There are many places, sights, buildings and experiences where superlatives are never enough, where we have to rely on sensory impact to get the message across. The Cathedral of Notre Dame in Amiens is such a place, and not without good cause is it listed as a World Heritage Site. It’s a classic case of ‘Don’t take my word for it; come and see for yourself’.
Construction work started in 1220, but it was not unitl 1528 that the spire was erected. It has been a Unesco World Heritage Site since 1981. © ATOUT FRANCE/CRT Picardie/Sam Bellet
Louis XI described the cathedral as ‘Une des plus belles de tout notre royaume’, one of the best of his reign, its construction virtually coincidental with his time as king (1226-1270). It is certainly the largest Gothic building in France, begun in 1220 and completed in 49 years, a feat that explains its great harmony of style; thankfully, it somehow escaped damage during the Second World War, and remains today a monumental testimony to hugely skilful and largely unacknowledged masons and builders. As you stand before the great western face you know, to paraphrase Marcel Proust, that you are seeing something that is truly great.
Notre Dame is not the first cathedral in Amiens: that was built outside the city walls, on the tomb of St Firmin. But soon the cathedral and the saint’s relics were moved into the city, experiencing almost centennial misadventure by fire, being largely destroyed in 1019, 1137 and 1218, until the present building was begun. A few years earlier, in 1206, a time of pilgrimages, crusades and unimaginable religious fervour, the then bishop of Amiens, Richard de Gerberoy, received canon Walon de Sarton from Picquigny, who had just returned from the Fourth Crusade bringing with him a lock of hair belonging to John the Baptist. This priceless relic, still on view in the cathedral, turned Amiens into a shrine and a place of endless pilgrimage.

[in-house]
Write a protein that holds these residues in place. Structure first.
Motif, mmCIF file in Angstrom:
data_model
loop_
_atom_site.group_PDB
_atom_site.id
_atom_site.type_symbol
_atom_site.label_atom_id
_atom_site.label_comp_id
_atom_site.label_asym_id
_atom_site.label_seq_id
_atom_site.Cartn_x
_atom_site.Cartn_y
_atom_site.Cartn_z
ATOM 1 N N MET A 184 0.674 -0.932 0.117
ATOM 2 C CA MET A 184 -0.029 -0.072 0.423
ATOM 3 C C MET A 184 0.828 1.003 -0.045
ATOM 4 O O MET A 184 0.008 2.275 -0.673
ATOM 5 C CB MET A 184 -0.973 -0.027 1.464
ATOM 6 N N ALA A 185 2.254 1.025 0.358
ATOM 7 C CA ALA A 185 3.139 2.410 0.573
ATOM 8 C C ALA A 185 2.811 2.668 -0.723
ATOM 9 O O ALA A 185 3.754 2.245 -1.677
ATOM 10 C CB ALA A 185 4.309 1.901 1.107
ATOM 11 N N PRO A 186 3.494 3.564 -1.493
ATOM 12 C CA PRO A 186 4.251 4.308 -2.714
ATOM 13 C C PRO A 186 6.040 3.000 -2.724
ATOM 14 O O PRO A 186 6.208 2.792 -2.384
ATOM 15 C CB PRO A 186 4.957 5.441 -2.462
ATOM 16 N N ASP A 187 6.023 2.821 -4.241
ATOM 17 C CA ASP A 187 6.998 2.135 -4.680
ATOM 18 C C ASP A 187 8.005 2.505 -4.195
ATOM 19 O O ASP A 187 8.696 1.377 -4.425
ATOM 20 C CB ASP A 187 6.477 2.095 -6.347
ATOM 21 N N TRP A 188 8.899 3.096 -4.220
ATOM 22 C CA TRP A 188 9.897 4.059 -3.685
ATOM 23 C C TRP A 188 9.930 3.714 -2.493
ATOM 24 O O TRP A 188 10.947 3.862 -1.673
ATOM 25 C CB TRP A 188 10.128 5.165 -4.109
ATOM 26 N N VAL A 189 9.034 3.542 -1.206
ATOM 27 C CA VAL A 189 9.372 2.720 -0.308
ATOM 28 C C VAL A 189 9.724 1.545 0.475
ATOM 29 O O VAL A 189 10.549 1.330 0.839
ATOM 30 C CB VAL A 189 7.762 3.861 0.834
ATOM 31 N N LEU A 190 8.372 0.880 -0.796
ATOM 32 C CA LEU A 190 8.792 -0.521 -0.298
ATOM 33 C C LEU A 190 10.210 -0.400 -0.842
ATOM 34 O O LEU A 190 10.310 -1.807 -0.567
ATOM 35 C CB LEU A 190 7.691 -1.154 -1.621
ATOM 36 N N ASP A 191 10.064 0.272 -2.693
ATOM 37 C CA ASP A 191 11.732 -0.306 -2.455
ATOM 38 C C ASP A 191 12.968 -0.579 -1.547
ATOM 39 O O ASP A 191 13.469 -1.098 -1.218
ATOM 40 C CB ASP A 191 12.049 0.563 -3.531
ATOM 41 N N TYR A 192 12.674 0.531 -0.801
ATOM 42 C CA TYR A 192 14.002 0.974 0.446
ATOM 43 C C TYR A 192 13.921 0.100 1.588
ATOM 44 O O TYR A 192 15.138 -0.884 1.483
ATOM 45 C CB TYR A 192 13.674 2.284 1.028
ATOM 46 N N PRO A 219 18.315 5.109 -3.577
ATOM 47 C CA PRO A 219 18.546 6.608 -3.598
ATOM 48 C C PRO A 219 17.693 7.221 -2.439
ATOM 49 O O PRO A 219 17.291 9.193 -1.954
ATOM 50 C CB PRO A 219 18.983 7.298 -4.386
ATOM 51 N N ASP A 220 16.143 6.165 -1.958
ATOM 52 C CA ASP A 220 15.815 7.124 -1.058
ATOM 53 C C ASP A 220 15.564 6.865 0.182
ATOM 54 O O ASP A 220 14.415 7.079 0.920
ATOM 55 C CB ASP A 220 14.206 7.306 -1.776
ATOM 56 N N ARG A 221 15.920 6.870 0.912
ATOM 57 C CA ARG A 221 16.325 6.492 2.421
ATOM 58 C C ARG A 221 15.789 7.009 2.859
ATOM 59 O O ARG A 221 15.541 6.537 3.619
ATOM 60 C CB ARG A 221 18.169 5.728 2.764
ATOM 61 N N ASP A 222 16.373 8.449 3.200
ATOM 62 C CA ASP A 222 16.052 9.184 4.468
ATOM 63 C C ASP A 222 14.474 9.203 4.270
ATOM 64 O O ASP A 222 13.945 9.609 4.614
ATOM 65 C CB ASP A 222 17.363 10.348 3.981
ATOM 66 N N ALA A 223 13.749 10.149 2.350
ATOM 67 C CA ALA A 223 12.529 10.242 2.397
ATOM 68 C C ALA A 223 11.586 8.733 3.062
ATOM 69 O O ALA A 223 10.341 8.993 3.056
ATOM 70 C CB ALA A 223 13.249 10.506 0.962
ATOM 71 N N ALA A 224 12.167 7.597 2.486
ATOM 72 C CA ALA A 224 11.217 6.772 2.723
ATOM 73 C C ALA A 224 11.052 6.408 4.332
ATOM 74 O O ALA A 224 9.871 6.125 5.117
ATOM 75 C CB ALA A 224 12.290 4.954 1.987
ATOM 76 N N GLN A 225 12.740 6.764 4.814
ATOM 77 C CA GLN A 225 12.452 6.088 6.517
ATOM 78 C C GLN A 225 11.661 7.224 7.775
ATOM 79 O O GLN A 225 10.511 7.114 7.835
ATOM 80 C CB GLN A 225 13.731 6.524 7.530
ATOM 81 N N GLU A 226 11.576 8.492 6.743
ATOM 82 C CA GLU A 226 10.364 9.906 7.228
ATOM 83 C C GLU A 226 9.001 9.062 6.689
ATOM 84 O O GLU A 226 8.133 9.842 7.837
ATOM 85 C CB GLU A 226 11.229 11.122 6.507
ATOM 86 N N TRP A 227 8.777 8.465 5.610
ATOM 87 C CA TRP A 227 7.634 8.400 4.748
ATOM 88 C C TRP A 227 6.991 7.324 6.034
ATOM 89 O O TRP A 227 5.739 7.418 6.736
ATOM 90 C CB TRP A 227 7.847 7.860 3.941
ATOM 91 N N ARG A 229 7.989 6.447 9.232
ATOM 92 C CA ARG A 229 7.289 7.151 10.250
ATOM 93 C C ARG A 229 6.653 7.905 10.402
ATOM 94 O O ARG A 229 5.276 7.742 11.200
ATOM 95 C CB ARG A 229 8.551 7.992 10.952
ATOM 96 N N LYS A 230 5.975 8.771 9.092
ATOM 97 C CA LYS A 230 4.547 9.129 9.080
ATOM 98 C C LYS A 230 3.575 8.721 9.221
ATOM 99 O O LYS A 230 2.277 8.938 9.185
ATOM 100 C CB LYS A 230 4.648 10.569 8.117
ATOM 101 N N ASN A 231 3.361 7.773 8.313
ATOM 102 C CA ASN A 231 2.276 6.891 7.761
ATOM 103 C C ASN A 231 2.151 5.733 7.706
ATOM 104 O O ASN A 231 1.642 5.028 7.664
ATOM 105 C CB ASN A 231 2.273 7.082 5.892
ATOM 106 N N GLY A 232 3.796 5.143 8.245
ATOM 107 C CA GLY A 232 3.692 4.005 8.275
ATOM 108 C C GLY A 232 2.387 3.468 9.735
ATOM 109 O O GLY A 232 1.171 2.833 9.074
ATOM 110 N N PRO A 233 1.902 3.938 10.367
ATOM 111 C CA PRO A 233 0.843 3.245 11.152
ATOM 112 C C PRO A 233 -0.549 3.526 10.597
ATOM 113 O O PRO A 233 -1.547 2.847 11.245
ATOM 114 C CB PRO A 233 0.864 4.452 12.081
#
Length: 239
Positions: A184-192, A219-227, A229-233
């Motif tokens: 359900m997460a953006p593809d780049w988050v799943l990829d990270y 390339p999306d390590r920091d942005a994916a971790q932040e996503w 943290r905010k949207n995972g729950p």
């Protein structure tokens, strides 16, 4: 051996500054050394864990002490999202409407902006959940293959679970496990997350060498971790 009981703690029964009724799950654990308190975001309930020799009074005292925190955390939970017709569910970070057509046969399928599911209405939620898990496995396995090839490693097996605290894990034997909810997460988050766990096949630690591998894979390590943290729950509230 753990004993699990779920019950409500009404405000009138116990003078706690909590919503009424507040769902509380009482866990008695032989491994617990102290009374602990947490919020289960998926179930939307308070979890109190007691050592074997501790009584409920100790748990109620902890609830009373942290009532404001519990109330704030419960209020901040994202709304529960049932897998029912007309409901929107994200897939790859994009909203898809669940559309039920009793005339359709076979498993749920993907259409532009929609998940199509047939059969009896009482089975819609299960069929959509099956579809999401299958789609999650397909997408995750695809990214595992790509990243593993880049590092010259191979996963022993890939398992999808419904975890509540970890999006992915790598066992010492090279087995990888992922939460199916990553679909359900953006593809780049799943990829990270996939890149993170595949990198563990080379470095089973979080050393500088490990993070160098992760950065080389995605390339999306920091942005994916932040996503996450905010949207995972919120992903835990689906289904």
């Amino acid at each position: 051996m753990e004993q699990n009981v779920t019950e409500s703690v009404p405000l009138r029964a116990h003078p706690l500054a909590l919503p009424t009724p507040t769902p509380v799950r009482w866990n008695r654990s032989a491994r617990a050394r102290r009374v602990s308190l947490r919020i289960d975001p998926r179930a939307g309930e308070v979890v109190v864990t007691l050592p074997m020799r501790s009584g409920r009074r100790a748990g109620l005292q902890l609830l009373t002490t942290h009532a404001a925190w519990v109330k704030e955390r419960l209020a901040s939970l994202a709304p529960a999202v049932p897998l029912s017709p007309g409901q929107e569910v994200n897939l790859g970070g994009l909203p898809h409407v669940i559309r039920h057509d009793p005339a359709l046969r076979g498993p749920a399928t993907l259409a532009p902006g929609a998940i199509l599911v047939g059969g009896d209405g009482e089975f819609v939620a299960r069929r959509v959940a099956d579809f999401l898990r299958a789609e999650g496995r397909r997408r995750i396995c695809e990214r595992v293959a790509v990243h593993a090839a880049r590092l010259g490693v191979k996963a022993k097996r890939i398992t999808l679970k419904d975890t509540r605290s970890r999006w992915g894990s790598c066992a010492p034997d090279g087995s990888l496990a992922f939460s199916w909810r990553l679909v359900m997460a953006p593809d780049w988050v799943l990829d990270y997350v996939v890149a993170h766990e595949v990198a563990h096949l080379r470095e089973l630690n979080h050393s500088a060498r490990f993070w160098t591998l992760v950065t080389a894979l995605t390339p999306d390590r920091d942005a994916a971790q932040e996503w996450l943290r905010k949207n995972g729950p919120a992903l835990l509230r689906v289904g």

At a more secular
level, the cathedral is bright and spacious, light and welcoming, majestic
without being overpowering. The sculptures and carvings, both within and
without, are sumptuous, many still retaining some of their original
colouration. The ‘Gloire’ above the high altar now houses the relics of St
Firmin, and glows brilliantly as sunlight reflects from the white columns and
walls of the choir. But for a truly moving experience, witness the nightly son
et lumiere (April to end of September) that contrives to illuminate
the western façade in colours that would match the originals.
As a cathedral song-writer once remarked, neither atheists nor believers can remain unmoved by so amazing a monument.
‘You don’t have to be much of an adventurer to surrender to the majesty of the cathedral at Amiens.’
Gargoyles on Notre Dame cathedral, Amiens.
© ATOUT FRANCE/Hervé Le Gac
The cathedral is open daily Apr-Sep 0830-1830; Oct-Mar 0830-1730. Guided tours (€5.50) are available.
Cathédrale Notre-Dame d'Amiens, 80000 AMIENS
Tel: 03 22 71 60 50